Hating on Martin Shkreli nearly broke the Internet after he raised the price of a generic but life-saving drug from $13.50 to $750. While it would be easy to pile on, at Gay Men's Health Crisis we believe this is an opportunity to shine a light on the bigger problem. As one biotech analyst noted, Shkreli’s company, Turing Pharmaceuticals, bases its entire business plan precisely on the price-spike strategy, which is neither new nor illegal – but it is getting worse.
Building on a long history of prescription drug policy activism, GMHC has spoken out about the next generation of drug profiteering – which is to buy cheap generic drugs that are made by one pharmaceutical company and raise the price exorbitantly. Because it takes years and an estimated $1 million to get a new generic drug approved in the US, there is a guaranteed profit at least for several years. And because many of these drugs are a niche market – only a small number of people actually need the drug – there is virtually no incentive for other drug makers to compete for the business and thereby drive the price back down.
A whole host of factors have led to this situation, but safe to say that our regulatory system has not caught up to the worsening circumstances. This is not for a lack of understanding or common sense reform ideas – it’s always a lack of political will. Needless to say, pharmaceutical companies are very powerful but at GMHC, we know how to change the power dynamic through activism, political pressure and organization. Shkreli has backed off from an outrageous price hike for a drug that costs pennies to produce, and we will hold him to that. But we are also determined to see this issue addressed at the federal level.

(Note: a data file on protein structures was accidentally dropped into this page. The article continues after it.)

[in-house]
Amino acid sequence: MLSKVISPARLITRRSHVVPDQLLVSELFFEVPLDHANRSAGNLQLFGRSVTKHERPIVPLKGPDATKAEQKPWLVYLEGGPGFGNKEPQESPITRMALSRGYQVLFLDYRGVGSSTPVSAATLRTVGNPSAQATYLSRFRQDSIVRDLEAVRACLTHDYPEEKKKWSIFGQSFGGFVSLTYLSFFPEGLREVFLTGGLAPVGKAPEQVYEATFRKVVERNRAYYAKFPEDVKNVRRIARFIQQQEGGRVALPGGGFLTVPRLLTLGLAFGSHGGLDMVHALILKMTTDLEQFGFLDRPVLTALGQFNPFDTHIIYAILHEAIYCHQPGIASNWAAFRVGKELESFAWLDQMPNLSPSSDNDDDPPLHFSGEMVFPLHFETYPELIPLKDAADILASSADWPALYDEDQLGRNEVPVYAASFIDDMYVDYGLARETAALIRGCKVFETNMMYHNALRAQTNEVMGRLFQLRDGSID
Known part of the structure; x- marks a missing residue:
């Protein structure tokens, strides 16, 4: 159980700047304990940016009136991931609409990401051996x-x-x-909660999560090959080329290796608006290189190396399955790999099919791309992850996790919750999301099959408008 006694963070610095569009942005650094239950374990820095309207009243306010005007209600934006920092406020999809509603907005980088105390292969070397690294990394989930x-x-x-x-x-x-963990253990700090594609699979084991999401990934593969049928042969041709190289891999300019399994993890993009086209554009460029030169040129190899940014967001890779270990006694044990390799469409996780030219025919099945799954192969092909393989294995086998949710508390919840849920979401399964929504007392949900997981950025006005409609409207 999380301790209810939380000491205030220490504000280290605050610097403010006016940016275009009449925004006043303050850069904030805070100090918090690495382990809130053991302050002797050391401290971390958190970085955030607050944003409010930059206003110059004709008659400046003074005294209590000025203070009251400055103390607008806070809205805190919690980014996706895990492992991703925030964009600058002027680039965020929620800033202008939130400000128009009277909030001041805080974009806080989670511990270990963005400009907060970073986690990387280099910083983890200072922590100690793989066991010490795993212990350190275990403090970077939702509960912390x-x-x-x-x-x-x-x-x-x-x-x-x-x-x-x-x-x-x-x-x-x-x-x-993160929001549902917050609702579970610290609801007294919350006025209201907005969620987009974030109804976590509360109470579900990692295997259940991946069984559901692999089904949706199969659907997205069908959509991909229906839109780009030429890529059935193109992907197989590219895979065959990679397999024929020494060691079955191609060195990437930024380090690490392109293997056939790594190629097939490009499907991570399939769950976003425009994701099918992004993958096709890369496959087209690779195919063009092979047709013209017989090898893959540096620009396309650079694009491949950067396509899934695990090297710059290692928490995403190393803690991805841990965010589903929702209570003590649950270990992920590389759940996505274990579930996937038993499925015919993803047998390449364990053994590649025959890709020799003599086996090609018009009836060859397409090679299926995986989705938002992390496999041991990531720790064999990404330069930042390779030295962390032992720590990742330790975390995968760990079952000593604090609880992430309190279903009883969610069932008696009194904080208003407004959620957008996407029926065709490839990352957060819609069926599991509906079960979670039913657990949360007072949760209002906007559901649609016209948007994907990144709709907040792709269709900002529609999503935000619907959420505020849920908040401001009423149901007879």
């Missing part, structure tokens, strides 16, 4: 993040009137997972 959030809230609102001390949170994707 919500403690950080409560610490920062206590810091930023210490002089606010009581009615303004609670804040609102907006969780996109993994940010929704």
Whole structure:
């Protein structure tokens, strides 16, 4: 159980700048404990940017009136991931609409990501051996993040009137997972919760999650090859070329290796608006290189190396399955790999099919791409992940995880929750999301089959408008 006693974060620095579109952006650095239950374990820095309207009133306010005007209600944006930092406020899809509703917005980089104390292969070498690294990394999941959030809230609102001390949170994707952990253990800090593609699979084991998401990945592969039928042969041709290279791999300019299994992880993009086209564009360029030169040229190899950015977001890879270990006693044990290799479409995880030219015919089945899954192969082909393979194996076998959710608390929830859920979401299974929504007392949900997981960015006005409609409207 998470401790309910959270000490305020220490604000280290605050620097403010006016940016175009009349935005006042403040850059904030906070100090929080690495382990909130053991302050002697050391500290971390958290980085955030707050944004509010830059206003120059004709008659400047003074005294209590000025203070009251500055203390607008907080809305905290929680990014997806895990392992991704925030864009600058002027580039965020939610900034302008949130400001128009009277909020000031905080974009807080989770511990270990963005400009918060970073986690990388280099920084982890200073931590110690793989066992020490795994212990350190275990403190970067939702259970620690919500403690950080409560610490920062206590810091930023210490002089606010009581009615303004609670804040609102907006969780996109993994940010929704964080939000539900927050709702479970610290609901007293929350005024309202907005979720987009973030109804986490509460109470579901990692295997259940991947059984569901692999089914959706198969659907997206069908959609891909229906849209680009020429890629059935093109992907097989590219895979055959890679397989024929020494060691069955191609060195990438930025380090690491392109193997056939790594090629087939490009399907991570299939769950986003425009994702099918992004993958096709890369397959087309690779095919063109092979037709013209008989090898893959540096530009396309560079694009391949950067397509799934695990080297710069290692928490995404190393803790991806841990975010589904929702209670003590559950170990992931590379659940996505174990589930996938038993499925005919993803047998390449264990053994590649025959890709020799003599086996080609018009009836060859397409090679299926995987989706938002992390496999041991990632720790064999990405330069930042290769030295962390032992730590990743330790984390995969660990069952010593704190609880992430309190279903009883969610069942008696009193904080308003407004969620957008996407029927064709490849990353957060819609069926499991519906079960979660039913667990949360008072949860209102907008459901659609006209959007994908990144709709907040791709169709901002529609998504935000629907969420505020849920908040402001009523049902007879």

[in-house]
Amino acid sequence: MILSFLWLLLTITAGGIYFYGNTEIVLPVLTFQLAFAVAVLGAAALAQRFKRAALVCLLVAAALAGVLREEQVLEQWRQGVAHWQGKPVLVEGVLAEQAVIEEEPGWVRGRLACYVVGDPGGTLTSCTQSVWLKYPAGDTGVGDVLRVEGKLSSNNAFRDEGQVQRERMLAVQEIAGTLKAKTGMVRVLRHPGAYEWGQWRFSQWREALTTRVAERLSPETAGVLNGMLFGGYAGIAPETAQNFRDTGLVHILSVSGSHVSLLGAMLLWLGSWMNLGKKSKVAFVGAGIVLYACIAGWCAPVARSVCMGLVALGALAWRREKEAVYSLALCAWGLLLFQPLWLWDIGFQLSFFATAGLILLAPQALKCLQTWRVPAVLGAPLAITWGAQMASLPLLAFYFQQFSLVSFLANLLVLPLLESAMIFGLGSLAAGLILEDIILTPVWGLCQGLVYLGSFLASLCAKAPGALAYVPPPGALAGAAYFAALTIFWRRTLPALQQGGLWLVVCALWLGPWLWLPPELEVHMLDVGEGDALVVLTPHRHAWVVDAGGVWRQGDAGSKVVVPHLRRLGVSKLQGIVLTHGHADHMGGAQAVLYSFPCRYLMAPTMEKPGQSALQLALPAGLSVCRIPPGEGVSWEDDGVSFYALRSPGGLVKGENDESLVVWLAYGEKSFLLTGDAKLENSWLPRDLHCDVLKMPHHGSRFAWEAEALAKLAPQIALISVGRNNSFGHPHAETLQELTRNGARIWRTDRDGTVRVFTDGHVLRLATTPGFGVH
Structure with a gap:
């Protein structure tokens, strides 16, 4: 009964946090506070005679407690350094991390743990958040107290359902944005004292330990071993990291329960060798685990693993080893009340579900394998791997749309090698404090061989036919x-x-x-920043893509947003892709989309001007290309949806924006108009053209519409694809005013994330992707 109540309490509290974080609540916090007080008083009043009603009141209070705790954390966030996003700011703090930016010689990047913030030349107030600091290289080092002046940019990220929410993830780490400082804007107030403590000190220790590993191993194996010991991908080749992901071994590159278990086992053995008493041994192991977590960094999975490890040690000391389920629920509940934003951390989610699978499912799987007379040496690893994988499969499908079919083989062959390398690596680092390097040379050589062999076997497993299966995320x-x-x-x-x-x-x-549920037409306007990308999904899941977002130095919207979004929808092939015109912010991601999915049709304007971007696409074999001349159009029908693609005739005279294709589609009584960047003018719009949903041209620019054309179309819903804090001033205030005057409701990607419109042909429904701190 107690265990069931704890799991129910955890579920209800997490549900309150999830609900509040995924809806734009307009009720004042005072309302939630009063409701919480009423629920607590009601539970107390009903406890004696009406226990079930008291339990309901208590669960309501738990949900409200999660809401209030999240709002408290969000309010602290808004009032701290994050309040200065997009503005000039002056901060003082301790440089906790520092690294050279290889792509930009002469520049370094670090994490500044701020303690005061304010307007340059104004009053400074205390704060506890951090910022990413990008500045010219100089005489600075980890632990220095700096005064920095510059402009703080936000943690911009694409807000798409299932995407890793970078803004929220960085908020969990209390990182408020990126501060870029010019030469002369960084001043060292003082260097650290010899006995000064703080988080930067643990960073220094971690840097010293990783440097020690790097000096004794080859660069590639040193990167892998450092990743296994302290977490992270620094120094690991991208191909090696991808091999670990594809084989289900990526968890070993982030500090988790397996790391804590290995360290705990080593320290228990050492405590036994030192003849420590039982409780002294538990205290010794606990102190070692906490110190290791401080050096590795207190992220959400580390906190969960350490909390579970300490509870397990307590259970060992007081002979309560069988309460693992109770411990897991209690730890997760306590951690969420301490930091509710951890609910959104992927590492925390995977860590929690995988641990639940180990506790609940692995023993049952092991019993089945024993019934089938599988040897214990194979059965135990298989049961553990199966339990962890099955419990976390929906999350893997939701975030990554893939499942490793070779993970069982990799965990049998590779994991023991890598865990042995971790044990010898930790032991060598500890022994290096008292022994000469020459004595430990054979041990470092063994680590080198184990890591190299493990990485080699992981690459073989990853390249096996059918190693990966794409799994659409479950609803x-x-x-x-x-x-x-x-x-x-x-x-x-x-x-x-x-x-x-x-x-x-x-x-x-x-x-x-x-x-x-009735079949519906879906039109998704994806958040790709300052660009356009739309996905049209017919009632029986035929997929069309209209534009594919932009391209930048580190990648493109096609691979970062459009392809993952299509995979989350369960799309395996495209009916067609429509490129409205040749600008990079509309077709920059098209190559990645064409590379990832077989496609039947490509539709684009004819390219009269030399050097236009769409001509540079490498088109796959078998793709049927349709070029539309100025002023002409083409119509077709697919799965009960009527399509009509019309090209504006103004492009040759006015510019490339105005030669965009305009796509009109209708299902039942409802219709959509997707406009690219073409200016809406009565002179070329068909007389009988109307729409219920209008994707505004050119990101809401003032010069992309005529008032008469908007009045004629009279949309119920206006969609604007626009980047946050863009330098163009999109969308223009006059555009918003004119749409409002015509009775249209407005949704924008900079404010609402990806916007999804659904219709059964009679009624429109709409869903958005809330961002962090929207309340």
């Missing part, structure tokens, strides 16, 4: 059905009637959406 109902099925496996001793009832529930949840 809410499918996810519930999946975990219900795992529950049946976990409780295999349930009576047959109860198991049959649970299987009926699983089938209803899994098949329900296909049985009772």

For that reason we are cautiously optimistic about presidential candidate Hillary Clinton’s response to the Shkreli fiasco. She has put forth a plan that hits at both ends of the issue: better regulation and more competition. The first order of business is to stop the bleeding – and to this end, her proposal would cap the amount of money people pay out of pocket for prescription drugs. But she understands better than anyone that the situation is complicated; indeed, a heavy-handed regulatory fix could actually make matters worse if not coupled with increased competition. To that end, there are other elements to Clinton’s plan, but notably it would allow individuals and resellers to import drugs from places with similar safety standards, such as Canada and Europe, where drugs are often sold at half the cost that Americans pay. GMHC and biotech experts have long supported this regulatory reform.
The bottom line is that too many of our essential, life-saving medicines are at risk of becoming out of reach for patients in the United States and around the world because the greed and opportunism of companies like Turing Pharmaceuticals always outpace our increasingly enfeebled regulatory system. GMHC demands Congress create a better system for regulating prices so that the Martin Shkrelis of the world don't have the legal ability to prioritize profits over people's lives.